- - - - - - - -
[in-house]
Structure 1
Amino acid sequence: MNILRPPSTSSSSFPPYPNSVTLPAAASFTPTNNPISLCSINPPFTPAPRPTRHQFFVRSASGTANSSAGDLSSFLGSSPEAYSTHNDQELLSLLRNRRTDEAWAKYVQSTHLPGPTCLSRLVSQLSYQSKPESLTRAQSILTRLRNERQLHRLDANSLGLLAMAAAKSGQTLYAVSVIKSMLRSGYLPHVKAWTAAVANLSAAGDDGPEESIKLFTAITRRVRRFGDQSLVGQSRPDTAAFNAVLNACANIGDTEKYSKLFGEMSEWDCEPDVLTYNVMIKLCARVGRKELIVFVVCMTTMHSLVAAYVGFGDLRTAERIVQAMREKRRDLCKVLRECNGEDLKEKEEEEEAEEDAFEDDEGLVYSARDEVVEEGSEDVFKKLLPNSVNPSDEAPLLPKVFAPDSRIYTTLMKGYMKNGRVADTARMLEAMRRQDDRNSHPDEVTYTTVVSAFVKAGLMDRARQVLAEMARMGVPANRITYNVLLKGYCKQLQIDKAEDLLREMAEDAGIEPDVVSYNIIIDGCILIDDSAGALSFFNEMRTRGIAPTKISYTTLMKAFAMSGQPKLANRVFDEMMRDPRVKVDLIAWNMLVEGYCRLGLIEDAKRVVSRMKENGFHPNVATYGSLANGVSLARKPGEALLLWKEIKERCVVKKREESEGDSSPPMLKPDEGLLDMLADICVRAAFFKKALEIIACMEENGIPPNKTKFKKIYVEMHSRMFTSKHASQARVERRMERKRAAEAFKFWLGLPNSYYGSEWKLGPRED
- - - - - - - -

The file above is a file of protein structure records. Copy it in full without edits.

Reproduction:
[in-house]
Structure 1
Amino acid sequence: MNILRPPSTSSSSFPPYPNSVTLPAAASFTPTNNPISLCSINPPFTPAPRPTRHQFFVRSASGTANSSAGDLSSFLGSSPEAYSTHNDQELLSLLRNRRTDEAWAKYVQSTHLPGPTCLSRLVSQLSYQSKPESLTRAQSILTRLRNERQLHRLDANSLGLLAMAAAKSGQTLYAVSVIKSMLRSGYLPHVKAWTAAVANLSAAGDDGPEESIKLFTAITRRVRRFGDQSLVGQSRPDTAAFNAVLNACANIGDTEKYSKLFGEMSEWDCEPDVLTYNVMIKLCARVGRKELIVFVVCMTTMHSLVAAYVGFGDLRTAERIVQAMREKRRDLCKVLRECNGEDLKEKEEEEEAEEDAFEDDEGLVYSARDEVVEEGSEDVFKKLLPNSVNPSDEAPLLPKVFAPDSRIYTTLMKGYMKNGRVADTARMLEAMRRQDDRNSHPDEVTYTTVVSAFVKAGLMDRARQVLAEMARMGVPANRITYNVLLKGYCKQLQIDKAEDLLREMAEDAGIEPDVVSYNIIIDGCILIDDSAGALSFFNEMRTRGIAPTKISYTTLMKAFAMSGQPKLANRVFDEMMRDPRVKVDLIAWNMLVEGYCRLGLIEDAKRVVSRMKENGFHPNVATYGSLANGVSLARKPGEALLLWKEIKERCVVKKREESEGDSSPPMLKPDEGLLDMLADICVRAAFFKKALEIIACMEENGIPPNKTKFKKIYVEMHSRMFTSKHASQARVERRMERKRAAEAFKFWLGLPNSYYGSEWKLGPRED